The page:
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Researchers say they’re a step closer to extending lifespan

  • University of Rochester: Transfer of longevity gene is ‘groundbreaking’
  • The transfer led to an increase in the average lifespan of the mice
  • Researcher: ‘Our next goal is to transfer this benefit to humans’

FILE – A technician holds a laboratory mouse at the Jackson Laboratory, Jan. 24, 2006, in Bar Harbor, Maine. The lab ships more than two million mice a year to qualified researchers. Eight years ago, a team of researchers launched a project to carefully repeat influential lab experiments in cancer research. They recreated 50 experiments, the type of work with mice and test tubes that sets the stage for new cancer drugs. They reported the results Tuesday, Dec. 7, 2021: About half the scientific claims didn’t hold up. (AP Photo/Robert F. Bukaty, File)

(NewsNation) — Researchers at the University of Rochester transferred a longevity gene from naked mole rats to mice, calling it a “groundbreaking endeavor.”

According to the University of Rochester, naked mole rats have long captured the attention of scientists for their lengthy lifespans and resistance to age-related diseases.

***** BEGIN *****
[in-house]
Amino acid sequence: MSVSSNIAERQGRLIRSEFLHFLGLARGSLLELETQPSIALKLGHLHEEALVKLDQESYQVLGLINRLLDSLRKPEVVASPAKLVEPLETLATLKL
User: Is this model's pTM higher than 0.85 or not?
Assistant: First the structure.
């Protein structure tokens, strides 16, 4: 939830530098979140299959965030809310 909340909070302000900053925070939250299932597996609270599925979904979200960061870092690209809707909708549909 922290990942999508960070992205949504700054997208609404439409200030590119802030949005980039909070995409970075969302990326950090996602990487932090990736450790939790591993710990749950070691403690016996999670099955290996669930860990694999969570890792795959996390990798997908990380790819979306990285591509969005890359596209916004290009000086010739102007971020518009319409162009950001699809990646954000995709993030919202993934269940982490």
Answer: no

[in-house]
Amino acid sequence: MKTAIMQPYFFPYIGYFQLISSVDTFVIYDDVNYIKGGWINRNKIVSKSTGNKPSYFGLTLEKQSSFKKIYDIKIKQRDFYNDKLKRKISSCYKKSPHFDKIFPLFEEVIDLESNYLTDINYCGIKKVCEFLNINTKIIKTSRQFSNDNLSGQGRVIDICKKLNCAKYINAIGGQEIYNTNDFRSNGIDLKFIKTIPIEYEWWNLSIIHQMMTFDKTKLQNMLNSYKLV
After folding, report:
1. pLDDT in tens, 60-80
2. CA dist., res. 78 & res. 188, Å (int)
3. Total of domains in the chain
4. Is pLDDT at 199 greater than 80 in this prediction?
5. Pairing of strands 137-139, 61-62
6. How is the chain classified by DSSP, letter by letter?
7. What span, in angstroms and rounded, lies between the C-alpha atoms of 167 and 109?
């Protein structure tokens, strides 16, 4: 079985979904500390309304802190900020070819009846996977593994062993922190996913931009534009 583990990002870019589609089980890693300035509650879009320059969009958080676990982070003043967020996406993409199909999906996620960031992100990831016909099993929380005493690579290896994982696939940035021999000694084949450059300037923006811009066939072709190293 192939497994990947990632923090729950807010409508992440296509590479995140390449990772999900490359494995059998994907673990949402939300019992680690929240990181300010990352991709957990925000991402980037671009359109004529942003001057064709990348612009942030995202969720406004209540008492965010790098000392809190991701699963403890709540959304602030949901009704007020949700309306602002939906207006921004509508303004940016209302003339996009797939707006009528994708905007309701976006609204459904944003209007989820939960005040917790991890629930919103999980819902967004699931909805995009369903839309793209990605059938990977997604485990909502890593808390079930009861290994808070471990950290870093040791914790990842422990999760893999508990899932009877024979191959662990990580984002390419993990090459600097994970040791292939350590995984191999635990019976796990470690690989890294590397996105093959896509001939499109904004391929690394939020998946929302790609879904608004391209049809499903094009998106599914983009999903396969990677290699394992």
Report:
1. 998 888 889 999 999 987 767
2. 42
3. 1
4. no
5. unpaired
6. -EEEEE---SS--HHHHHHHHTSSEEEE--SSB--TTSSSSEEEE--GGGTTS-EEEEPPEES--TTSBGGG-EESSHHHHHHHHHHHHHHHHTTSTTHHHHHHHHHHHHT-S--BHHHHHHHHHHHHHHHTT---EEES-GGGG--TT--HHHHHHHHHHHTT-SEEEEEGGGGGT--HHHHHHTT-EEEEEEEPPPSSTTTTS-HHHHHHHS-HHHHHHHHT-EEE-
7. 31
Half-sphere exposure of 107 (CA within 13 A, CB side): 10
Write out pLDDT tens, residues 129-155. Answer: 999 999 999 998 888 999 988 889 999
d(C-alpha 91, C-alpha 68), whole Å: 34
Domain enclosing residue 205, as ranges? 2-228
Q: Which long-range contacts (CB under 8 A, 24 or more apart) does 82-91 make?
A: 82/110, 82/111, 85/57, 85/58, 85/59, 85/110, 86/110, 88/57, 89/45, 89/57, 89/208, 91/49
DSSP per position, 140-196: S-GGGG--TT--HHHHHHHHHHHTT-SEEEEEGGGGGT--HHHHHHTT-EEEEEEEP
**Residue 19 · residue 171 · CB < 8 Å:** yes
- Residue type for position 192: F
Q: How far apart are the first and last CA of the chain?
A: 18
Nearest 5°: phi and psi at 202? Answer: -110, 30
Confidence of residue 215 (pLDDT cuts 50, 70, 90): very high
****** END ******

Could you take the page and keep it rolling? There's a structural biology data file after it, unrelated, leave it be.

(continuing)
Biologists at the university introduced a specific gene responsible for enhanced cellular repair and protection into mice, which they say may be a step toward unlocking the secrets of aging and potentially extending human lifespan. The gene is responsible for making high molecular weight hyaluronic acid (HMW-HA) and improved the health of the mice, leading to an approximate 4.4% increase in median lifespan.

“It took us 10 years from the discovery of HMW-HA in the naked mole rat to showing that HMW-HA improves health in mice,” said Vera Gorbunova, the Doris Johns Cherry Professor of biology and medicine at Rochester. “Our next goal is to transfer this benefit to humans.”

The researchers previously learned that HMW-HA is also one mechanism responsible for the unusual resistance naked mole rats have to cancer. Their latest study was published in Nature.

Science News

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